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A Fuse #8 Production
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Press Release Fun: Curious George Goes to the Museum

curiousmain465w Press Release Fun: Curious George Goes to the Museum
I confess to you that I’m rather thrilled about this current exhibit at the Jewish Museum.  Though I didn’t grow up a Curious George fan, I love seeing the papers and sketches of classic characters by their creators.  From the press release:

Press contacts: Anne Scher or Alex Wittenberg
212.423.3271 or
pressoffice@thejm.org


FOR IMMEDIATE RELEASE

LECTURES ACCOMPANY
CURIOUS GEORGE SAVES THE DAY:
THE ART OF MARGRET AND H. A. REY
AT THE JEWISH MUSEUM IN MARCH AND APRIL


New York, NY – In conjunction with its new exhibition, Curious George Saves the Day, The Jewish Museum is presenting two related programs. Author Louise Borden will give a lecture on the wartime journey of Margret and H. A. Rey, creators of Curious George, on April 8. A three-part daytime lecture series on the Reys and their lives and careers with scholar Leonard Marcus will be offered on March 18, and April 1 and 8.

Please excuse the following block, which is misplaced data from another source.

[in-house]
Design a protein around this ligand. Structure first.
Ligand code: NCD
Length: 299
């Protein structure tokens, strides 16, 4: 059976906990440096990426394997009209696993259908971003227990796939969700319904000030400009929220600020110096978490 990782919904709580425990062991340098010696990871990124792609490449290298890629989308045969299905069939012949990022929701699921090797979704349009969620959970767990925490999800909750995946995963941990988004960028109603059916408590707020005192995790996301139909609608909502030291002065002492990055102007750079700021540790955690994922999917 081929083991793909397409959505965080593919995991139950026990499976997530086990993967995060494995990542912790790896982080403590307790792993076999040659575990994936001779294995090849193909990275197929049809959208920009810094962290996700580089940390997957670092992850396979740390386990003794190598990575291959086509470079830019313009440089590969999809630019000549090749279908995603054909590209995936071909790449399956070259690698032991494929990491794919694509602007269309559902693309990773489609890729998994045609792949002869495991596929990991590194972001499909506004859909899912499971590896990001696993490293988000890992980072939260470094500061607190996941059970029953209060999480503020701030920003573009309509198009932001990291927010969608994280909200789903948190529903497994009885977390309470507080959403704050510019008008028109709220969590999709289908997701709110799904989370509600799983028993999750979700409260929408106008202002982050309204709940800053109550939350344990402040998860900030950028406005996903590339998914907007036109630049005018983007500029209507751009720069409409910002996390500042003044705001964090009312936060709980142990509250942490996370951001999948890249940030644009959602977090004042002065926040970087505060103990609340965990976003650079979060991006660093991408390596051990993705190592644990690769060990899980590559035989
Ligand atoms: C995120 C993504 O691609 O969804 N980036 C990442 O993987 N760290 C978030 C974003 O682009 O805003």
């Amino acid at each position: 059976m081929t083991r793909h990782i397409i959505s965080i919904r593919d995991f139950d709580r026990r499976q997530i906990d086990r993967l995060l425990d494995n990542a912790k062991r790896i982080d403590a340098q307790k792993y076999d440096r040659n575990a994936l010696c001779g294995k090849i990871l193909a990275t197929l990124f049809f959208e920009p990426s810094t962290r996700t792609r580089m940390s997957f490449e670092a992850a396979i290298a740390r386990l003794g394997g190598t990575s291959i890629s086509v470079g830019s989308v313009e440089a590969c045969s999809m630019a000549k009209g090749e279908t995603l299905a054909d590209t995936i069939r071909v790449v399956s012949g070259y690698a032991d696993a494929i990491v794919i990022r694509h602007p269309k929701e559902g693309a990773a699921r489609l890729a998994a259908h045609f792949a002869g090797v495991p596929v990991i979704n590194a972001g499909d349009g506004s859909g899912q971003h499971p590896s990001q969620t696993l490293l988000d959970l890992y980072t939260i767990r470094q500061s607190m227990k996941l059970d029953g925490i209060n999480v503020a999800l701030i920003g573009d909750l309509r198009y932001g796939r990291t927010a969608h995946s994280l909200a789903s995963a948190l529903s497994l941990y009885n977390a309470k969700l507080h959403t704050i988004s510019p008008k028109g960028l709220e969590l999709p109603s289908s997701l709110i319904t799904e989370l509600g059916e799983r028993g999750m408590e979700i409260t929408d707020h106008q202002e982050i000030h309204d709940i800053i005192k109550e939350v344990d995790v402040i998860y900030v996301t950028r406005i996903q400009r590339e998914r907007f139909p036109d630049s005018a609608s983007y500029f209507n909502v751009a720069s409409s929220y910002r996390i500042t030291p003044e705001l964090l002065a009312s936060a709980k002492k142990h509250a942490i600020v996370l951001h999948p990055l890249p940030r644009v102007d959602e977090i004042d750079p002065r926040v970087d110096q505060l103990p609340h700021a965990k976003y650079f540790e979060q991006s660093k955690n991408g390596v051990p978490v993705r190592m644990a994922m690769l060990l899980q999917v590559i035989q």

For further information regarding programs at The Jewish Museum, the public may call 212.423.3337.

Tickets for lectures, film screenings and concerts at The Jewish Museum can now be purchased online at the Museum’s Web site, www.thejewishmuseum.org.